Football fans everywhere began rejoicing a week ago today as the game entered its most entertaining stretch of the year. After a crazy final round of regular season NFL games, which decided the first round playoff match-ups, fans were rewarded with a series of wildly entertaining college games in the Bowl Championship Series (BCS).
The BCS began last Monday with the granddaddy of them all, the Rose Bowl, followed immediately by the Fiesta Bowl. The rest of the week saw exciting match-ups as well in the Sugar, Orange and Cotton Bowls.
This sensational slate of college games ushered in a compelling wild-card weekend in the NFL highlighted by a stunning performance by the game’s most polarizing figure, Tim Tebow, in a wild overtime win over the Pittsburg Steelers on Sunday.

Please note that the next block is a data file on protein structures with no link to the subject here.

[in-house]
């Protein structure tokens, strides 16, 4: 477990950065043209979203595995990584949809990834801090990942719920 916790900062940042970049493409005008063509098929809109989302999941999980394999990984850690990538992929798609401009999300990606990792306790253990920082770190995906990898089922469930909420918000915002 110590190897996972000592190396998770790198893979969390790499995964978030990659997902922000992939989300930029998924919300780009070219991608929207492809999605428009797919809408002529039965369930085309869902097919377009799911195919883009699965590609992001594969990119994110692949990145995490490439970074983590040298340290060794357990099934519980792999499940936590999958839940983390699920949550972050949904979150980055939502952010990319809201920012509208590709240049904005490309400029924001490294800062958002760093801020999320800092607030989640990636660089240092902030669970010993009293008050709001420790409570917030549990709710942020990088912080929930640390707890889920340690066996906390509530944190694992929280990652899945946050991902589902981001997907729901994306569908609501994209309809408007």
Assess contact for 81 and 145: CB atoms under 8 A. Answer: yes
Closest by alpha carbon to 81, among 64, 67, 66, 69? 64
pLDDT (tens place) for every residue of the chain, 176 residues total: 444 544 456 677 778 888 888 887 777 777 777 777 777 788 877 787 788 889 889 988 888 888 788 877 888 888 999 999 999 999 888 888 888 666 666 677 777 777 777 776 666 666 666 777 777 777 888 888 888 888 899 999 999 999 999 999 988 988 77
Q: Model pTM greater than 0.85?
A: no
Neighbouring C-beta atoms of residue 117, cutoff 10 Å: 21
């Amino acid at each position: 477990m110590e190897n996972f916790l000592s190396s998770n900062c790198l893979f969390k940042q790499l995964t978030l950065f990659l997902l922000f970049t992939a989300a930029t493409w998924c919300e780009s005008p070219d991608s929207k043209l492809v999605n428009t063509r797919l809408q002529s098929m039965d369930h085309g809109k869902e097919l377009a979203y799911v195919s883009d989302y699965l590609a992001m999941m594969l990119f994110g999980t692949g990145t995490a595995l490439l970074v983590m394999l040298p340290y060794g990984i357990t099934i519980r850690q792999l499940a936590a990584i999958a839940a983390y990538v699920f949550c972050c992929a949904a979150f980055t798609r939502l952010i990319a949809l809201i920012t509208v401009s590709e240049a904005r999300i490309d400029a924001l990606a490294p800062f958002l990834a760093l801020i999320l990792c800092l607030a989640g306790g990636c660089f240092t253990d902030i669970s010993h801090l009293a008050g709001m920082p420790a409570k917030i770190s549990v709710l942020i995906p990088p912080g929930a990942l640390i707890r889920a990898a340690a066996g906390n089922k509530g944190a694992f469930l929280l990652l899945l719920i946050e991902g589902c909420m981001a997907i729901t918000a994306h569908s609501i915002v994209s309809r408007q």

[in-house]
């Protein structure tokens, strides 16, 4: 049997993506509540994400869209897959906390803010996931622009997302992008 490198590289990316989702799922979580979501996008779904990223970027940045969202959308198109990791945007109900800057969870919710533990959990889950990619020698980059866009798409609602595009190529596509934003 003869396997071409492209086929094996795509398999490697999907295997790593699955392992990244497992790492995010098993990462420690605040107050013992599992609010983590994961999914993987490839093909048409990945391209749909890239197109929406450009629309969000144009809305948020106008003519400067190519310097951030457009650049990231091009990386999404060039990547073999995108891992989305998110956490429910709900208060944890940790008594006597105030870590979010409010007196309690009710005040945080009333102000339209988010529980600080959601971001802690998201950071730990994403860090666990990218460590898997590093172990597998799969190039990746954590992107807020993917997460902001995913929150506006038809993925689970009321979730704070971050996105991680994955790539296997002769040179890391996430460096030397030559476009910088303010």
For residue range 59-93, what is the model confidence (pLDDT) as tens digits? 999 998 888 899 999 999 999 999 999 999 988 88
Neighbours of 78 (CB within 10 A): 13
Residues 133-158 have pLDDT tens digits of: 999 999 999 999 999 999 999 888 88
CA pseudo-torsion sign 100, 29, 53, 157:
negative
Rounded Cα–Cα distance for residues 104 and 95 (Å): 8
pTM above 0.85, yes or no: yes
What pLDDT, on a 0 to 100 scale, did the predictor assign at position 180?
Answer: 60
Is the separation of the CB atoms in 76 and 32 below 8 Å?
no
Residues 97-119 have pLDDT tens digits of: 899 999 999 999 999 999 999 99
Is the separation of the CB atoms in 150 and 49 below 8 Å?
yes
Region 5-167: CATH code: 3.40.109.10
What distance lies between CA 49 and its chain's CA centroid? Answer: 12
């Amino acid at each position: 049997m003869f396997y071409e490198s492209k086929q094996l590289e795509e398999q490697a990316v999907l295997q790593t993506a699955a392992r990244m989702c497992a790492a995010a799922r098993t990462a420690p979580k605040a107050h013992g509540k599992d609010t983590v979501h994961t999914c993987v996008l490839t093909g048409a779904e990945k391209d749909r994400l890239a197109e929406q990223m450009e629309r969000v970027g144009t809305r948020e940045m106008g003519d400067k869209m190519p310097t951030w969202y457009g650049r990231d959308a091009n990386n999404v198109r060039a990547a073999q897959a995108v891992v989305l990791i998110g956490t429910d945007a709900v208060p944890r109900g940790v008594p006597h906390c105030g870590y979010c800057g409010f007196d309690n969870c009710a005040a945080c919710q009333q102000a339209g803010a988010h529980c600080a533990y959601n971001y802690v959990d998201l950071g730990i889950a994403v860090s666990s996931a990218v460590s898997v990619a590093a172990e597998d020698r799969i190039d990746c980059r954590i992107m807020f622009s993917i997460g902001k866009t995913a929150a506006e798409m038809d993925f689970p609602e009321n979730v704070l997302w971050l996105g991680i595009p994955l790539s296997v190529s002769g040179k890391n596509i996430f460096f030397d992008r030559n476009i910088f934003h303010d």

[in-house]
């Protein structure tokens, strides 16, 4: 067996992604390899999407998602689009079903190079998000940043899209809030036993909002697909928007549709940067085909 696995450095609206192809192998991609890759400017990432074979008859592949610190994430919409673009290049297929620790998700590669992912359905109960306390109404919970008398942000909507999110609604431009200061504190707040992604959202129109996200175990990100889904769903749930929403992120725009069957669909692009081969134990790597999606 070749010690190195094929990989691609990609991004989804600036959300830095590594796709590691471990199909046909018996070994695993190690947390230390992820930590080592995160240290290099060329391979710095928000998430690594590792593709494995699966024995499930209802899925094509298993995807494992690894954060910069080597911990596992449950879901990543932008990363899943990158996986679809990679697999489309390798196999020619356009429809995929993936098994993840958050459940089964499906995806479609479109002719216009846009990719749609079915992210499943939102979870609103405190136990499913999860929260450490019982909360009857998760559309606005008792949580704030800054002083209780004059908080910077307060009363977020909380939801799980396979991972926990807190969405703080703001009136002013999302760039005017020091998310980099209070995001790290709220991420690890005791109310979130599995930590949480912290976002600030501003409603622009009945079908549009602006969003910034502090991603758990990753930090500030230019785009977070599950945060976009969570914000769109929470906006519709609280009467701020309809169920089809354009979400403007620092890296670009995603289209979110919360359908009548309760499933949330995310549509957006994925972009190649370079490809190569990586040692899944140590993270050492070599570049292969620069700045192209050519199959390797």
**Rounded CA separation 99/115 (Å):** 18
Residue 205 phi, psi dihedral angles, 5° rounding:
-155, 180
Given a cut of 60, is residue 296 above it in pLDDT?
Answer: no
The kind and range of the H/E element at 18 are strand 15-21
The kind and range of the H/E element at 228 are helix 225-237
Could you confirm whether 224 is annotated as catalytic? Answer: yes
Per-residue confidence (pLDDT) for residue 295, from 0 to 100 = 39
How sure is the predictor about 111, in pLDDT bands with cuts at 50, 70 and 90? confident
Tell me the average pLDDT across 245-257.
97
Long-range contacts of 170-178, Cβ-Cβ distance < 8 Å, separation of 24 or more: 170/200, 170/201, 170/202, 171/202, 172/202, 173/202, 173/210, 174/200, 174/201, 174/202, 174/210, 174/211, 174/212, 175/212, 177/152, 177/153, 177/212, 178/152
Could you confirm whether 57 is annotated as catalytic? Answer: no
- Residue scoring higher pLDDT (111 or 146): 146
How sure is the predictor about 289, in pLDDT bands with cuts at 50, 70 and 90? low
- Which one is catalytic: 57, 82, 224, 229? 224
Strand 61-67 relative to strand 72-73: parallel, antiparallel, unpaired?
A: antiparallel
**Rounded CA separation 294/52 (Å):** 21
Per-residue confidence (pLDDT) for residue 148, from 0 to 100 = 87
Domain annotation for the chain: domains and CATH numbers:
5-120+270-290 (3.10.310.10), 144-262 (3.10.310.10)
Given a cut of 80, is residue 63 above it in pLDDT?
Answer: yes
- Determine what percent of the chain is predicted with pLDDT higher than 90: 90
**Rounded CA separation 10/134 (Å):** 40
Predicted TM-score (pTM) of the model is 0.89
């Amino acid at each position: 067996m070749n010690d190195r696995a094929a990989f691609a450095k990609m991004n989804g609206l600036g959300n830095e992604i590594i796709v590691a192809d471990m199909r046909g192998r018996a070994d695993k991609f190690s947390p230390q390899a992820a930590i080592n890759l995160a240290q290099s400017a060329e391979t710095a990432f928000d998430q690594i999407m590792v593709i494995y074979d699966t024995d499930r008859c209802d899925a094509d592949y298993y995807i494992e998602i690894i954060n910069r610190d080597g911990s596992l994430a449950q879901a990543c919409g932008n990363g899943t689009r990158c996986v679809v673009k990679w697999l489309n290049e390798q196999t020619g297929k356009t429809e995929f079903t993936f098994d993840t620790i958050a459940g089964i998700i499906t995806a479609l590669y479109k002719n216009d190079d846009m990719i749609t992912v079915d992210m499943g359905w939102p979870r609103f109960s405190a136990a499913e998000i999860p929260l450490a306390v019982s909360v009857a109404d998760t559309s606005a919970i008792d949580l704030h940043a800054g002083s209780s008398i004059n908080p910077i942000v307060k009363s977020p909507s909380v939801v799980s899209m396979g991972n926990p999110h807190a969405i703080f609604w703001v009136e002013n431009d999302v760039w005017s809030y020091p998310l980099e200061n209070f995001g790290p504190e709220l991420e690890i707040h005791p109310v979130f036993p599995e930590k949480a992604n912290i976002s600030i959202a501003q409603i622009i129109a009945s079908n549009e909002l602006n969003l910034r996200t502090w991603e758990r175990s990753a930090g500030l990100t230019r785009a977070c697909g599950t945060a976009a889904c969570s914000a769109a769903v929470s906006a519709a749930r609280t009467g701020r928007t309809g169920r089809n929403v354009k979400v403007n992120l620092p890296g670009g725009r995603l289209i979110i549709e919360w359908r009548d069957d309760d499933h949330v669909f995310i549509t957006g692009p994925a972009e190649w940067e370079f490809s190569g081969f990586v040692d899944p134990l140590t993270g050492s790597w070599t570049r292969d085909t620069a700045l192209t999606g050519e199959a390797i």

As if fans might lose interest in the game, the college football season culminates tonight in the BCS National Championship game played between Southeast Conference rivals LSU and Alabama in a game that will feature many future-pros.
But, with all the hype and media attention that football garners, questions arise concerning the value America places on its favorite pastime, especially considering the violent nature of the game. Football’s social value is further complicated by publicly-funded stadiums for professional teams and the enormous budgets of many programs at public universities.
Join the debate: Does football serve as a worthwhile, American pastime, or is it a useless distraction from the country’s bigger issues? Should public money be spent on promoting and facilitating such a violent game?
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